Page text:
When it comes to making investments, real estate is usually a great option. It’s a way to generate passive income and can lead to additional wealth in the future. It’s also quite challenging. Whether you’re a seasoned real estate investor or just looking into jumping into the exciting world of real estate investment, taking advantage of real estate syndication can work for you. In this article, we’re taking a look at real estate syndication and how you can make it work for you. 

Getting Started With Real Estate Syndication

Investing in real estate can be a costly endeavor, as it requires generous capital to get started. And the buck doesn’t stop there; you need to maintain and develop your real estate as time goes, especially if you’re renting it out. There may be a gap between tenants or required repairs. Either way, investing in real estate is sort of a long game—house flipping included. Research and planning will help get you going—there are plenty of planning utilities and calculators online—and it’s always a good idea to start with something small or mid-size and work your way up. That’s where something like real estate syndication comes into play. By pooling your money with other investors, you can distribute some of the responsibility and costs of the investment while reaping the returns down the line.

What Is Real Estate Syndication?

When it comes to investing in real estate, it can be tough to get started. Real estate syndication is a way to simplify the process. In real estate syndication, two or more investors combine their skills and capital to take on mid-level or high-level investments. Teaming up with another investor can open up a realm of investment opportunities that may not have otherwise been available to a single individual. In real estate syndication, two or more parties pool their money together to invest in properties that might otherwise have been out of their respective price ranges. There’s a sponsor (the syndicator) who scouts the property and invests around 20%. The other investors pool in the remaining capital. Syndicators may also occasionally take an acquisition fee upfront. Later, investors receive a return on the investment (from sales, rental income, and other aspects of the investment) and it’s largely up to the syndicator to make sure everything runs smoothly to maximize the ROI. The entire process is straightforward and allows all parties to invest in larger properties and eventually receive better benefits and returns.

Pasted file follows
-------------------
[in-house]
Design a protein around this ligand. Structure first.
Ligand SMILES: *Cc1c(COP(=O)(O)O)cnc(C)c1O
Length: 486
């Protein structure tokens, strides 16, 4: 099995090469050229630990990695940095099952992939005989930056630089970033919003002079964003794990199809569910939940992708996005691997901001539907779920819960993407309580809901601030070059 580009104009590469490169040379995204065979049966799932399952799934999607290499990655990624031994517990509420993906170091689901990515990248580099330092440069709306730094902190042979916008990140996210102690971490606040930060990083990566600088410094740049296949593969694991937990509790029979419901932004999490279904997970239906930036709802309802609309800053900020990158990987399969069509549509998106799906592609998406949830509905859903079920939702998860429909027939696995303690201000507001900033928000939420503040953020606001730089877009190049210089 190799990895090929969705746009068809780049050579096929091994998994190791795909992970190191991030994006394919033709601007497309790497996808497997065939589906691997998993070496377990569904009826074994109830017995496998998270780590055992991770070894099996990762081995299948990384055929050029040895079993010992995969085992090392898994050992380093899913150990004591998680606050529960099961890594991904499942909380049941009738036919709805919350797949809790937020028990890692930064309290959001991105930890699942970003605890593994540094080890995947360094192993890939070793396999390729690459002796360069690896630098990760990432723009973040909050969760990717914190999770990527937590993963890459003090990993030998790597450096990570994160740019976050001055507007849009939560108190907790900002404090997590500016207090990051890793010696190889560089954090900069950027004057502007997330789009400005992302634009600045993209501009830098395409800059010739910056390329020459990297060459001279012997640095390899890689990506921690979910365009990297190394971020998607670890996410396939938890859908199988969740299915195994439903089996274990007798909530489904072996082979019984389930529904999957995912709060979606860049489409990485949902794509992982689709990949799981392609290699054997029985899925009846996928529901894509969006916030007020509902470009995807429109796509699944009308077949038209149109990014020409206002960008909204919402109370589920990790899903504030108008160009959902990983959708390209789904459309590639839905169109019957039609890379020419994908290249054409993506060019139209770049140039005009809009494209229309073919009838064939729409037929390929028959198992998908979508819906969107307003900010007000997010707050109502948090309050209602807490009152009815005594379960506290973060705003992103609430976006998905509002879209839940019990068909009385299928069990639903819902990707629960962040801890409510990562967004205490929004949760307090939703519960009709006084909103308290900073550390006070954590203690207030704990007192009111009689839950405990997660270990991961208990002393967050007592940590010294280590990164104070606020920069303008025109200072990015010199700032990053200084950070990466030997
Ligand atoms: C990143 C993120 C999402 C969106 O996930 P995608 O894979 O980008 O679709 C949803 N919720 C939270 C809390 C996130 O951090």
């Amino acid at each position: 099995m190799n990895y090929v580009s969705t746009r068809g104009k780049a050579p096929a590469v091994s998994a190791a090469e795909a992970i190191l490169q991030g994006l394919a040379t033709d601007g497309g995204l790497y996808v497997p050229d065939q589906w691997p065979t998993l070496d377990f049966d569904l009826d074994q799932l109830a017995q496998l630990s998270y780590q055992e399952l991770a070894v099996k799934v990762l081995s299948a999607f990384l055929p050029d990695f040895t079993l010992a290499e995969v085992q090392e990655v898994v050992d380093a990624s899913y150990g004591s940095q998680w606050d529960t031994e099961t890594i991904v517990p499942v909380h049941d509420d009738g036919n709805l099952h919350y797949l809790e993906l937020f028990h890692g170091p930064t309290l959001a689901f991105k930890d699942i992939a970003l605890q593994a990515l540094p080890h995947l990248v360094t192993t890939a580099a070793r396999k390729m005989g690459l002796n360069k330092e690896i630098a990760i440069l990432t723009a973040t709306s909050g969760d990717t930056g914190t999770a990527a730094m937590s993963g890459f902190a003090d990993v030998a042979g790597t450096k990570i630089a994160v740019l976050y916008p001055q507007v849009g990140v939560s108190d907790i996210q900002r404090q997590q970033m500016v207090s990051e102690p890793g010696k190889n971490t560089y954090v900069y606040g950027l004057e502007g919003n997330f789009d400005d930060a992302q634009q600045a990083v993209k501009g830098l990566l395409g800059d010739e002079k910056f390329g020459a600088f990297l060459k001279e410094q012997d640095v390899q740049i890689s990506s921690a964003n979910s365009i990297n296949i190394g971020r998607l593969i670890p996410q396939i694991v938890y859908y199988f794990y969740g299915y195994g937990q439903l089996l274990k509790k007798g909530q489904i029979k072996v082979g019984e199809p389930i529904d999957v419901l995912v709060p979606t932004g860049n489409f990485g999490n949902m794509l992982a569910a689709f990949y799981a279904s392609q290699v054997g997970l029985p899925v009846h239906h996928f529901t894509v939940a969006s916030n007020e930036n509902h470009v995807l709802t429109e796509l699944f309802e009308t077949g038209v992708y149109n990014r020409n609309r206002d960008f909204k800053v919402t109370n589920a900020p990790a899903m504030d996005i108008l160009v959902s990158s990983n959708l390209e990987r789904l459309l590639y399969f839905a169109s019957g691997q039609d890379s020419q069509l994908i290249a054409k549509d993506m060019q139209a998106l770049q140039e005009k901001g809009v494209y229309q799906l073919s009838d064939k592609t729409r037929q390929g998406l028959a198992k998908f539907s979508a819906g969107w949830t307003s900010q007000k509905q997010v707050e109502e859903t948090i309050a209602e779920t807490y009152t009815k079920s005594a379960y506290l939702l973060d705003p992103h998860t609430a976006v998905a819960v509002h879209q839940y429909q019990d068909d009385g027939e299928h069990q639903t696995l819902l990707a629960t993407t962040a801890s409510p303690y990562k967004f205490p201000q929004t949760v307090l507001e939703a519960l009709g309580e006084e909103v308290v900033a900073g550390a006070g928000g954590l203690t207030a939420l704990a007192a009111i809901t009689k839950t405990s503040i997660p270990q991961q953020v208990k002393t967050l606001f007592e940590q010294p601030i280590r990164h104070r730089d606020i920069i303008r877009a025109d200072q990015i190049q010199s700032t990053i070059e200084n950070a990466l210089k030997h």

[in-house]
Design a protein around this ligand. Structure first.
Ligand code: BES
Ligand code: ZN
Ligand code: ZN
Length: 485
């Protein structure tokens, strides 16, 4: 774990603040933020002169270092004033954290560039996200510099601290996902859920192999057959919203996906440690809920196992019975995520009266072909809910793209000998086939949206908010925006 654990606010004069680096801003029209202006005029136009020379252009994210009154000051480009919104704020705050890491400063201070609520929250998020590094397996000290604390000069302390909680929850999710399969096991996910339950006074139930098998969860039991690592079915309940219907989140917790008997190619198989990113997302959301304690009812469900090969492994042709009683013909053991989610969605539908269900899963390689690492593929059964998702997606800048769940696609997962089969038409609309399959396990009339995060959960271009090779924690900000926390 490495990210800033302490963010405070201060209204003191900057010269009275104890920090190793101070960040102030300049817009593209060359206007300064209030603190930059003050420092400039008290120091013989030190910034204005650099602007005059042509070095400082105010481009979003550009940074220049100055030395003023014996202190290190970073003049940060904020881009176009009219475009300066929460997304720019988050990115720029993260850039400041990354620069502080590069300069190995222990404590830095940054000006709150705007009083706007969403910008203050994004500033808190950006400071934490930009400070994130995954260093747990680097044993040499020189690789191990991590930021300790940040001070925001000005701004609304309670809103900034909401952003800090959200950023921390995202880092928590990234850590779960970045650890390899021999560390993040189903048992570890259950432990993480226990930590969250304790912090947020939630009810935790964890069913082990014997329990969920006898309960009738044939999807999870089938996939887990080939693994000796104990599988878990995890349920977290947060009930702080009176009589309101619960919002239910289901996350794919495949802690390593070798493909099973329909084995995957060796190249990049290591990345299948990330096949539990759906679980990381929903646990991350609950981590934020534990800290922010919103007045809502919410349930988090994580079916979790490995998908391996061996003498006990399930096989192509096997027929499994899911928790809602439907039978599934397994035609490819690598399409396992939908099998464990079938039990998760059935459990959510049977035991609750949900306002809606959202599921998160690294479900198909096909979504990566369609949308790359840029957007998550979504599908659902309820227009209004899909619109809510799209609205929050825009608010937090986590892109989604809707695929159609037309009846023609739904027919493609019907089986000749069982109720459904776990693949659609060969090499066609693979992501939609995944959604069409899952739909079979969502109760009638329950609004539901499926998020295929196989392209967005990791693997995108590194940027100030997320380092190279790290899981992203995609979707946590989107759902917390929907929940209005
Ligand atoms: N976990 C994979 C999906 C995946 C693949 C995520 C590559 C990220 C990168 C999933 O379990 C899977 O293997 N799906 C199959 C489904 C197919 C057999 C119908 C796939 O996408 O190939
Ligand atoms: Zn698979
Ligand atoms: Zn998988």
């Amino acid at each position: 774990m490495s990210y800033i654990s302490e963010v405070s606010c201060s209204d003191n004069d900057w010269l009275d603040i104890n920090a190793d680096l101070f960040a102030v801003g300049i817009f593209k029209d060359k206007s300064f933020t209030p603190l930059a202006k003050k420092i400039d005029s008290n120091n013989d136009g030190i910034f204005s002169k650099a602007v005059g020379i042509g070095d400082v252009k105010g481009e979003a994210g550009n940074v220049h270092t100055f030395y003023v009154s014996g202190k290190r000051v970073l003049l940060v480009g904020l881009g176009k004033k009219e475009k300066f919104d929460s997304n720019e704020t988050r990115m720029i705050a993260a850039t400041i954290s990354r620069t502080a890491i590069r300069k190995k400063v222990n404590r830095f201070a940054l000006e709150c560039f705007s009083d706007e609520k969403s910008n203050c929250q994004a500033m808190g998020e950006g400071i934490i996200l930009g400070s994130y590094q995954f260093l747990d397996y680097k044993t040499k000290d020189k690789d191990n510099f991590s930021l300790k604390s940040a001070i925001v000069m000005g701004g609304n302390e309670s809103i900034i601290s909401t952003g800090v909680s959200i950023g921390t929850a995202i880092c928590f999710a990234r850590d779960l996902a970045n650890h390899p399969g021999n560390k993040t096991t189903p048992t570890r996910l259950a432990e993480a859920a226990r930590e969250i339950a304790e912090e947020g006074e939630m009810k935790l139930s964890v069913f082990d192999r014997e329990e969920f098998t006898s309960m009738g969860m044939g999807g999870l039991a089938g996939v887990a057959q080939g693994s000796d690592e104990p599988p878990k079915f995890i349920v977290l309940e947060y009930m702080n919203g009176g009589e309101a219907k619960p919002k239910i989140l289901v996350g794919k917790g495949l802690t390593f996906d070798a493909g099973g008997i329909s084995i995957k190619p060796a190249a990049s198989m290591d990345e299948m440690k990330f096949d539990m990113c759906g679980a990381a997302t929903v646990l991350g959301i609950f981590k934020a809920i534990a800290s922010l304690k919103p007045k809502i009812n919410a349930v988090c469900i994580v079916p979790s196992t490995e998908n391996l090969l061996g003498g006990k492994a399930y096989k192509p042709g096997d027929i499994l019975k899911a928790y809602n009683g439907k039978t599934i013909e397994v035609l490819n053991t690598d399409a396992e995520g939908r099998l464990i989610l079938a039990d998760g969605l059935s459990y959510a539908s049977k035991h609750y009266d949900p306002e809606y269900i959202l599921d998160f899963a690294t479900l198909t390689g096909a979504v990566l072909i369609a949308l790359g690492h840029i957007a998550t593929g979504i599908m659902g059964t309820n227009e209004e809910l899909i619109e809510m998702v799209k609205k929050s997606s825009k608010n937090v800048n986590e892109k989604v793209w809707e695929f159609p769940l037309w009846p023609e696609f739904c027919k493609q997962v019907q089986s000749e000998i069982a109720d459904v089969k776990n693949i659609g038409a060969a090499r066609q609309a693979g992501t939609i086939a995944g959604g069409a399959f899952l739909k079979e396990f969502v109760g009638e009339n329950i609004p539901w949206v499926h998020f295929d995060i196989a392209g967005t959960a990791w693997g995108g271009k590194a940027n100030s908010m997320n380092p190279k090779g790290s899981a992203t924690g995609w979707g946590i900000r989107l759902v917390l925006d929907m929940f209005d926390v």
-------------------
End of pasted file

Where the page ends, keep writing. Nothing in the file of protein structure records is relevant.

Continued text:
Online Investment Opportunities

There was a time not too long ago when investing in a property remotely required a lot more work than it does now. Thanks to modern investment firms who’ve decided to leverage the power of online tools to handle investments, it’s easier and convenient to expand your options within the real estate market at large. Using a firm that has these capabilities allows you to track your investment in real-time and help you find new investment opportunities easily. It’s a good way to get a wealth of information about your past and present investments easily while also giving you the ability to manage everything securely online.